Almost 3,000 delegates attended this year's BCSC conference in London, with the North West retail community out in good numbers for a positive and productive two-day event.
The general feeling was of a sector back on form, although adjusting to the shifting ways in which retail and leisure should be used to attract consumers. Here are some of the main themes that emerged:
1. Stretch the trading day. The fact that so many shopping districts become 'ghost towns' once the clock has hit 5pm was repeatedly raised as a reason for the UK's past retail troubles. With the market returning but for many the purse strings still tightly held, landlords are looking at measures to extend the shopper's dwell time and spend potential.
2. Destination, destination, destination. After an initial panic over online increasing its pulling power during the recession years, with confidence coming back retailers are now acknowledging that while they can't match e-commerce in terms of convenience, they can beat it by creating an experience. Liverpool ONE and the Trafford Centre already do this well, but smaller centres and town high streets need to give the visitor more than a gentrified range of shop frontages and a takeaway-dominated food court.
3. Food and beverage market is hot. There seems to be no end in sight for the growth in the food and beverage market, with new outlets rapidly trading to capacity. According to BCSC figures one retail unit a day is converted to leisure use. The success of the North West outlets of brands such as Bill's, Five Guys and Byron Burgers have made them the darlings of the region's growing 'fast casual' dining scene. While we may have had our fill of the American-styled meat-and-carb restaurants, there are still gaps in market appetite waiting to be filled. With private equity backers moving to the fore, expect expansion to be rapid.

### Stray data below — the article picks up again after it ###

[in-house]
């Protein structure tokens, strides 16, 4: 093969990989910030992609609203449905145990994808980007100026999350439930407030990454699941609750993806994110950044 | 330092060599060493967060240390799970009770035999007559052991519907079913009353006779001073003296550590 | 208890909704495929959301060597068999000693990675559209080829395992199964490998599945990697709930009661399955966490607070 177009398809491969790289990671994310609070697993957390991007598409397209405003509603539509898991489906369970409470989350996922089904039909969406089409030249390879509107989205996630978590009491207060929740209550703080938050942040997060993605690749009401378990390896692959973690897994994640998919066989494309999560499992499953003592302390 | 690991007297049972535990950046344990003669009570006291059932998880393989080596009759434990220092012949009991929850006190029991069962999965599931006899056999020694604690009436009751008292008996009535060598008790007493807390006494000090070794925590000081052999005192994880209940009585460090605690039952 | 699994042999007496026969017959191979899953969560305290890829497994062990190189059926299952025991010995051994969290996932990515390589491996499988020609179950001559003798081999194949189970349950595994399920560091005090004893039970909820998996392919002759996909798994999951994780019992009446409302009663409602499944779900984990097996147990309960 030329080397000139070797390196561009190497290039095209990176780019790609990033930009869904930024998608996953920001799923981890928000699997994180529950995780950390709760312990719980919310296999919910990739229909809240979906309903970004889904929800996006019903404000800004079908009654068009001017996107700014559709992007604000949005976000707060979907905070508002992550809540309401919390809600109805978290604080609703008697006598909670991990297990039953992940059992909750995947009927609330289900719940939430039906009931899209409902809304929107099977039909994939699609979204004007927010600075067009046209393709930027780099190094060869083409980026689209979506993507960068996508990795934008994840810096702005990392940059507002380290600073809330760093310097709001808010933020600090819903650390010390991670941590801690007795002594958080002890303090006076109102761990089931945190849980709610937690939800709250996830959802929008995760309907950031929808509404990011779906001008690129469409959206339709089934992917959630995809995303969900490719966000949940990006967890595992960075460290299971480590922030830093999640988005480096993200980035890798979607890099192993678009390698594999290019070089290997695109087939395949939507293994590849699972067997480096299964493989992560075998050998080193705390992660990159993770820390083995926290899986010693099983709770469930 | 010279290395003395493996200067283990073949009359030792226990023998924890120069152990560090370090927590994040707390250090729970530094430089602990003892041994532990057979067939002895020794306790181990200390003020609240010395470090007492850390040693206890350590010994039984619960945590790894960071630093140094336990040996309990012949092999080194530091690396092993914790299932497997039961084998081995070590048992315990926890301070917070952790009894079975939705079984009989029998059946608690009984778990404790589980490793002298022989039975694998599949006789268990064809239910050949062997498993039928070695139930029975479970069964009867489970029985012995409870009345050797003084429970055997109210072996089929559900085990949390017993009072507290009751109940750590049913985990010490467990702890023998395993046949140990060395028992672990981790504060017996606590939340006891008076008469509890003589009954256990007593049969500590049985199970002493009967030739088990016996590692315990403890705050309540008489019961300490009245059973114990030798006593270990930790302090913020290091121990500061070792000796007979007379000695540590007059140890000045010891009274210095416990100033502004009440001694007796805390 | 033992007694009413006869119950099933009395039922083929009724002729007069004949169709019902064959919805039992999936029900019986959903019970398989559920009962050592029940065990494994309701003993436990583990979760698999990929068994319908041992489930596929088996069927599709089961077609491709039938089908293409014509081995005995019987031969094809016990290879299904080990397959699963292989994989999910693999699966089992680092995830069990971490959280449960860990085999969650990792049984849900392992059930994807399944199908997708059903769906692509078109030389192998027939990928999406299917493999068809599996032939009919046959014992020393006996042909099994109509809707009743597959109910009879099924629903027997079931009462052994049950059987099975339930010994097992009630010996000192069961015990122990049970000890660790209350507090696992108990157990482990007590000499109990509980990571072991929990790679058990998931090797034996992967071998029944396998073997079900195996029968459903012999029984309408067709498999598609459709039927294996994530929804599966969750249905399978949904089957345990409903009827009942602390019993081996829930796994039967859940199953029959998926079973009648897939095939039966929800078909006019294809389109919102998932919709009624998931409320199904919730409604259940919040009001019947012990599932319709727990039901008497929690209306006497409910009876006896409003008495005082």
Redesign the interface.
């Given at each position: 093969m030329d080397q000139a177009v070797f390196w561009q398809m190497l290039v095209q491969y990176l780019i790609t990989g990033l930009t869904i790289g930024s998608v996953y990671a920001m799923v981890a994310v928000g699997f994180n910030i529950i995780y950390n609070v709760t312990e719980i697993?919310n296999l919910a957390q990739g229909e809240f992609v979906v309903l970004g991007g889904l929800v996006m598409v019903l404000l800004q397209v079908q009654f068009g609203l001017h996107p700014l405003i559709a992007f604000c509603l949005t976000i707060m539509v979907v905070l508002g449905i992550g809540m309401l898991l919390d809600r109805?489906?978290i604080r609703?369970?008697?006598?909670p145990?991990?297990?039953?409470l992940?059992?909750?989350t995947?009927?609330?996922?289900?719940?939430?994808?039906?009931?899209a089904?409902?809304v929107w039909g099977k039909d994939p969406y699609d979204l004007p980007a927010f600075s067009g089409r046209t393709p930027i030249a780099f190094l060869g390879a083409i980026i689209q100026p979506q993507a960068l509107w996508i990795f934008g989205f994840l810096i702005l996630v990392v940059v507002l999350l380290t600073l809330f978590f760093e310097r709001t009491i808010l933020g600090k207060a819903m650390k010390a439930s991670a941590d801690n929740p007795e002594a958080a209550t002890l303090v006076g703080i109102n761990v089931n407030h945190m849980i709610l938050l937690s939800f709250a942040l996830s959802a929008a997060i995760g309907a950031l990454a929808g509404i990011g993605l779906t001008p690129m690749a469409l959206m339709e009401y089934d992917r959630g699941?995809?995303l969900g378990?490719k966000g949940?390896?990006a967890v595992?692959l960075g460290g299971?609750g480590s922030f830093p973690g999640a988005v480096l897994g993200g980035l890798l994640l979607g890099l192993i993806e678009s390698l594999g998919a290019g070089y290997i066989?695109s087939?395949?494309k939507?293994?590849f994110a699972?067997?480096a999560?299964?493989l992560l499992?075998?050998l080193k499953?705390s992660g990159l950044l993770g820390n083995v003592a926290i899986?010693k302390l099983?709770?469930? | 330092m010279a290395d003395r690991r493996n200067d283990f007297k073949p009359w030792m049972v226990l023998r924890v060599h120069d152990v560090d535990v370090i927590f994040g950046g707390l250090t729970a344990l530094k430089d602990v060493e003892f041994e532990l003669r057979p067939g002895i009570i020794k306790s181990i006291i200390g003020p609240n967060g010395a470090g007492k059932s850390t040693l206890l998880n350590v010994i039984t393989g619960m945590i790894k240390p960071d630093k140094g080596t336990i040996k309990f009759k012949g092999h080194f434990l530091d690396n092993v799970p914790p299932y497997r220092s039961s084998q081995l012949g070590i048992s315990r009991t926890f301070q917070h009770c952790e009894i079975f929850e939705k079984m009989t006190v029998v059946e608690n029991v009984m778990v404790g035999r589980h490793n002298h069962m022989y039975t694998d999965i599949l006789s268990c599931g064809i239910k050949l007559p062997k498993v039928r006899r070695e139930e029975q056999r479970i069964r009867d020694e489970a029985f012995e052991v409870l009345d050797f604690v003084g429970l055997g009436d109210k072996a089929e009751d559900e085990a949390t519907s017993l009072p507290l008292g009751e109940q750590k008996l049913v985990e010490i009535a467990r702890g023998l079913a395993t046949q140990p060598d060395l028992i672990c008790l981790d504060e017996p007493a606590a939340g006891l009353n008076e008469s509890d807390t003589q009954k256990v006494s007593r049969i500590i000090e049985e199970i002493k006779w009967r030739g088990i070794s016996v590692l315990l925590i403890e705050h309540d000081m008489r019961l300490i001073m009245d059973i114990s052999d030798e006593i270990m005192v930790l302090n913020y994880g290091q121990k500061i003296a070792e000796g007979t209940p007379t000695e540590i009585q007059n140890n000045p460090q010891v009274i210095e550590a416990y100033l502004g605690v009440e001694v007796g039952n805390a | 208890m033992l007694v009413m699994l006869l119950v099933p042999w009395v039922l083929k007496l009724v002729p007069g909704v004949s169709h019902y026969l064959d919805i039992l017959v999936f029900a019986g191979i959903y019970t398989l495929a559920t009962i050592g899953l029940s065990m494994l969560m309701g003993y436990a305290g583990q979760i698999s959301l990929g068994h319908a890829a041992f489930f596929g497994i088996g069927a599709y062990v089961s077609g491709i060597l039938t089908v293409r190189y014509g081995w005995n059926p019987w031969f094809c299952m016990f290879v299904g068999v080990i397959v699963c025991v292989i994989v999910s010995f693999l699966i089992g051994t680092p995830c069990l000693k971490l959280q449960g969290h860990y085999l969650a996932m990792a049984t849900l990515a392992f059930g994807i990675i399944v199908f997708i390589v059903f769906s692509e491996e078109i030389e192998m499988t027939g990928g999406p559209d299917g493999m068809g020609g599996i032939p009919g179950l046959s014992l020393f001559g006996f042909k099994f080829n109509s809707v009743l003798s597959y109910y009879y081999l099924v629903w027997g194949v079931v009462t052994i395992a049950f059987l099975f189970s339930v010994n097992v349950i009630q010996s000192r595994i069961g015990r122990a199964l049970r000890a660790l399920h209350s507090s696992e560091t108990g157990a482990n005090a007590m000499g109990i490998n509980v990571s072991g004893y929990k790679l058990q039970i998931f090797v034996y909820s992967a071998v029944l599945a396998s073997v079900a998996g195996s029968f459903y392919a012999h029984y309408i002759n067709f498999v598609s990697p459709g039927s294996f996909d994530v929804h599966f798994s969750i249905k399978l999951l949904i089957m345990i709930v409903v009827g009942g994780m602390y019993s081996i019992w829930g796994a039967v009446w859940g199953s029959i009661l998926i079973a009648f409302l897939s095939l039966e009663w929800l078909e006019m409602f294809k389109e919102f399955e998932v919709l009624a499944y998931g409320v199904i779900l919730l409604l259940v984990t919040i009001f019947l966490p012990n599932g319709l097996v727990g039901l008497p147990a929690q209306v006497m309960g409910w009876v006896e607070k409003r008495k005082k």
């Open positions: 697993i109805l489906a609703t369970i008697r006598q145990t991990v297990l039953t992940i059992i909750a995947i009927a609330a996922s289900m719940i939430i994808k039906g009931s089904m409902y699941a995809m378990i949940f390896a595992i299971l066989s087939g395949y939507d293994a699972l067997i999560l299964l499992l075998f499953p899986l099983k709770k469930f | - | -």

4. Mixed-use is a recipe for success. Segregating building use classes and retail-specific schemes are in the past. Creating a complementary mix of leisure, retail, residential and commercial to create a vibrant area for people to live, work, play and spend is now the aim for larger landlords and developers. This can mean targeting a more unusual style of occupier and, in cases such as the Sea Life Centre opened in 2013 at the Trafford Centre, it is worth being daring to capture added dwell time and footfall.
5. North West top of occupier wish list. Rumours of new requirements and outlet expansions were rife, with Manchester and Liverpool in particular becoming the destination of choice for brands opening outside of London for the first time. Expect a flurry of new names to the regional scene in the coming months, as leisure operators in particular looking to follow in the footsteps of new entrants such as Bill's, Ed's Easy Diner and most recently in Manchester, Burger & Lobster.
6. Technology is not the enemy. Retailers are increasingly harnessing the power of technology to increase in-store spend. Click and collect services are growing in popularity, but have had the side effect of encouraging additional purchases once the customer is in the shop to pick up the pre-ordered goods. Integrating technology into the consumer experience, whether that's high-speed wifi in shopping centres or tablet computer catalogues, is a priority to ensure that products and services are as instantly available as they would be in e-store.